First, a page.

ch 5 (Time Value of Money)

# ch 5 (Time Value of Money) - Question to be Asked Chapter 5...

This preview shows pages 1–3. Sign up to view the full content.

Chapter 5 The Time Value of Money Slide 5 - 1 Question to be Asked Suppose you are promised to be given \$100 in year 0, \$200 in year 1, \$300 in year 2, and \$400 in year 3. How about you receive \$1,000 right now? Are you better off from receiving \$1,000 right now? Why? This chapter discusses the time value of money, from which we determine the equivalent payment right now to receiving the money in three years. Slide 5 - 2 The Time Value of Money ± Time value of money A dollar today is better than a dollar in the future. Then, how can we compare money flows if they are at different time points? ± Two approaches Compounding: convert money flows to their future value Discounting: convert money flows to their present value Slide 5 - 3 ± Concept Present value (PV): Earlier money on a time line Future value (FV): Later money on a time line Interest rate: “exchange rate” between earlier money and later money ¾ Discount rate ¾ Opportunity cost of capital ¾ Required return Basic Definitions t=0 1 …… t-1 t Present Value Future Value

This preview has intentionally blurred sections. Sign up to view the full version.

View Full Document
Slide 5 - 4 Future Values ± Suppose you invest \$1,000 for one year at 5% per year. What is the future value in one year? Interest = 1,000(.05) = 50 Value in one year = Principal + Interest = 1,000 + 50 = 1,050 Future value (FV) = 1,000(1 +.05) = 1,050 ± Suppose you leave the money for another year. How much will you have two years from now? FV = 1,000(1.05)(1.05) = 1,000(1.05) 2 = 1,102.50 Future value is the amount to which an investment will grow after earning interest. Slide 5 - 5 Future Values ± The General Formula FV = PV (1 + r) t Where, FV = Future value PV = Present value r = Period interest rate, expressed as a decimal t = Number of periods Future Value Interest Factor (FVIF): FVIF = (1+ r) t FV = PV × FVIF Slide 5 - 6 ± Simple Interest Simple interest assumes that the interest earned is withdrawn or spent eliminating compounding: No interest on interest. \$100+(100x.05)=\$105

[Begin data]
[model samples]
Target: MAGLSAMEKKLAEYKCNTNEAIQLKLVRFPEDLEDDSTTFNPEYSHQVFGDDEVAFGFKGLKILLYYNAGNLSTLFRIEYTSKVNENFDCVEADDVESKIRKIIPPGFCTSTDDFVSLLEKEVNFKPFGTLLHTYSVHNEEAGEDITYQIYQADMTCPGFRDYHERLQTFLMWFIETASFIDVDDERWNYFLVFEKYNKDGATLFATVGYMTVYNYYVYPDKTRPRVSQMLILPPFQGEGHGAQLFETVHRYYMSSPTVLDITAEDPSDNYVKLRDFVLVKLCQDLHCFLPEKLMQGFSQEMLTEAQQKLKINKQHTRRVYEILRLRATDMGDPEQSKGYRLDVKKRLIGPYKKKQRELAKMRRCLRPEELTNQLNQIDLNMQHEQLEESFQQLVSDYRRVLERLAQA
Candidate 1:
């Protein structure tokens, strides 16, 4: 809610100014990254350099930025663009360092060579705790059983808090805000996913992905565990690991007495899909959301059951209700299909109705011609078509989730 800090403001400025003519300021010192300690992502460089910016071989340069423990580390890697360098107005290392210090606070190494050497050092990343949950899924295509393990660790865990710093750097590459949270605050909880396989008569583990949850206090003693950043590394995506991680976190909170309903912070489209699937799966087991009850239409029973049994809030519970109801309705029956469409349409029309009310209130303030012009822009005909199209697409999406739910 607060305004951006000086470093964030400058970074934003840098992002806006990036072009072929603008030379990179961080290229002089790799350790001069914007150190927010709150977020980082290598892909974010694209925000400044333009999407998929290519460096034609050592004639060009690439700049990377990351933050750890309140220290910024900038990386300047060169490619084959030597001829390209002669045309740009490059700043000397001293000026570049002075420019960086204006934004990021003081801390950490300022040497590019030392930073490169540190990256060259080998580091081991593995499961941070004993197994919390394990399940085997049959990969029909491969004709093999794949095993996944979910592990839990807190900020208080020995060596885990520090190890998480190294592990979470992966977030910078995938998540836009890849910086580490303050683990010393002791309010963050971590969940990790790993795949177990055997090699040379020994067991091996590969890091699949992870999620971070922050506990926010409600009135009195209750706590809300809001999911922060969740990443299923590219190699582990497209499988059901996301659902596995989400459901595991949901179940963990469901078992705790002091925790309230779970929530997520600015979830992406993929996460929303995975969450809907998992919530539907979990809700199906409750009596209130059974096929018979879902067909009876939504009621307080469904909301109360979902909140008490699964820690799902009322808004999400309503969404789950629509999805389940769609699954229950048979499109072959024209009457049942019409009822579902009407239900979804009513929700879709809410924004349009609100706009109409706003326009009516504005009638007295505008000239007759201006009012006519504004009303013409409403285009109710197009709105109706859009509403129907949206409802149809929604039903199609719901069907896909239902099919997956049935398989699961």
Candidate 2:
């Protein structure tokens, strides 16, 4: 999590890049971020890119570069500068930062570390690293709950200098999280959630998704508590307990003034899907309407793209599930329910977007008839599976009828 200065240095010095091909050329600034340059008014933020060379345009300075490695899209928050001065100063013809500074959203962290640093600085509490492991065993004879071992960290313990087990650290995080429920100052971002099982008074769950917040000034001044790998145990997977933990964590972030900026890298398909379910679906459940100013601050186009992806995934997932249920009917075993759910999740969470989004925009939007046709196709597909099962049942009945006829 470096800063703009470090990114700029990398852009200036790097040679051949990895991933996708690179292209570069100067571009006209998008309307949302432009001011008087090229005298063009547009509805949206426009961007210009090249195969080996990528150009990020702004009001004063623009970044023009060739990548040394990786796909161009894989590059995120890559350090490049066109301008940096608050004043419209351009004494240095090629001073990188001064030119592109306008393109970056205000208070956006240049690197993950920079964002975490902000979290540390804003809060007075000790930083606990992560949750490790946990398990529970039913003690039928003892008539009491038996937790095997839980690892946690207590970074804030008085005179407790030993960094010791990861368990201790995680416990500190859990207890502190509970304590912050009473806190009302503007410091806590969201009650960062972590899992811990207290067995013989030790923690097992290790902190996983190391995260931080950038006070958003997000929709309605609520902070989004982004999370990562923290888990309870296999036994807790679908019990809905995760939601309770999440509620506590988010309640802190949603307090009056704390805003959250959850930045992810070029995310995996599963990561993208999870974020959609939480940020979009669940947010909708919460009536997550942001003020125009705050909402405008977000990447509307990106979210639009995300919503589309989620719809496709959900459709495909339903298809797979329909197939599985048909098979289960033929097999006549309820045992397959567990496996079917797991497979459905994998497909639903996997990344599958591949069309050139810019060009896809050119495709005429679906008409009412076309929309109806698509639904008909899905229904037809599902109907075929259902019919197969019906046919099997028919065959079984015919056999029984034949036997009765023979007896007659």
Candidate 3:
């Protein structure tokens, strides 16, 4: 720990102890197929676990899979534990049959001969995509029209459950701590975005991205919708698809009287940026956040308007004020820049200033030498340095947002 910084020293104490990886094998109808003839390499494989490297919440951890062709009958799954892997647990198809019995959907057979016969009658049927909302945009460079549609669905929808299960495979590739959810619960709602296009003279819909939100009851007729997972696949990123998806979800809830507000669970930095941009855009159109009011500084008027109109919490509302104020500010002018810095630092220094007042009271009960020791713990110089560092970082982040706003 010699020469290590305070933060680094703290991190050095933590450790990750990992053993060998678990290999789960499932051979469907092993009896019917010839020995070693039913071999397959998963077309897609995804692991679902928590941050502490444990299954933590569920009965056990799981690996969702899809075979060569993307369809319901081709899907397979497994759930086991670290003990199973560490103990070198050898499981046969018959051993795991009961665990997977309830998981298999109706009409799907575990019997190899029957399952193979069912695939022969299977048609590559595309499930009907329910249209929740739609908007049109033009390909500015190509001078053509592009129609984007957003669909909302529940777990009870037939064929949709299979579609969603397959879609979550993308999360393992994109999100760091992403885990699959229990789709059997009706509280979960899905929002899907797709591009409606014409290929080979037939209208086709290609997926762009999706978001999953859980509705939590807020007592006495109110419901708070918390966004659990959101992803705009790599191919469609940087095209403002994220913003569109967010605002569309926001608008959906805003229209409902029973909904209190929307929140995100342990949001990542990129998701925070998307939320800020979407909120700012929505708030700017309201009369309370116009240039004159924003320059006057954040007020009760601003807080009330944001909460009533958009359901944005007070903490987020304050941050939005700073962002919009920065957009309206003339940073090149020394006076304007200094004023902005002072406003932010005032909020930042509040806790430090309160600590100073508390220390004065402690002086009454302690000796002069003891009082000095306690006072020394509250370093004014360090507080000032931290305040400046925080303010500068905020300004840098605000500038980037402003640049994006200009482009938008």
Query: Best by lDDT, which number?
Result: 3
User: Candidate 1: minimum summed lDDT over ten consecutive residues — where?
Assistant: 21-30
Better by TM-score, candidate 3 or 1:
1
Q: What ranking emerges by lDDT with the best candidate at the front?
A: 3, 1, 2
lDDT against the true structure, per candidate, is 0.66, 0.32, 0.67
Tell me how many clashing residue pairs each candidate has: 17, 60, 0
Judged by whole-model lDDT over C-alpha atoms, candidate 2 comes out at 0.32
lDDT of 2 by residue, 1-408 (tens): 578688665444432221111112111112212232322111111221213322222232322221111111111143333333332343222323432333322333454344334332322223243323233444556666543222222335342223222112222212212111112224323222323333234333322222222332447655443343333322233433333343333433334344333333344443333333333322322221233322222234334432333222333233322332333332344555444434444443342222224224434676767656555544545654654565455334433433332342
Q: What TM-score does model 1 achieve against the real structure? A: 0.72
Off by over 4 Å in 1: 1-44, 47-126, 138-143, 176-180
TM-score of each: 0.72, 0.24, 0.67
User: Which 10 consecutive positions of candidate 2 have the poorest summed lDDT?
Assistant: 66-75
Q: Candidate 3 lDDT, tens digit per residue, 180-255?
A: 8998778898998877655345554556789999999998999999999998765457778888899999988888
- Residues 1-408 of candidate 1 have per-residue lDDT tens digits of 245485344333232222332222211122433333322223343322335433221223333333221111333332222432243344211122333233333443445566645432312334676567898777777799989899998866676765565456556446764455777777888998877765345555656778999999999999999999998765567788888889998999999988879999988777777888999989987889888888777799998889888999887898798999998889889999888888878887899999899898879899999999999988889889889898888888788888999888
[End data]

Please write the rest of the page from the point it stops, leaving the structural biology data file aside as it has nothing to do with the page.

This is the end of the preview. Sign up to access the rest of the document.

{[ snackBarMessage ]}

### Page1 / 5

ch 5 (Time Value of Money) - Question to be Asked Chapter 5...

This preview shows document pages 1 - 3. Sign up to view the full document.

View Full Document
Ask a homework question - tutors are online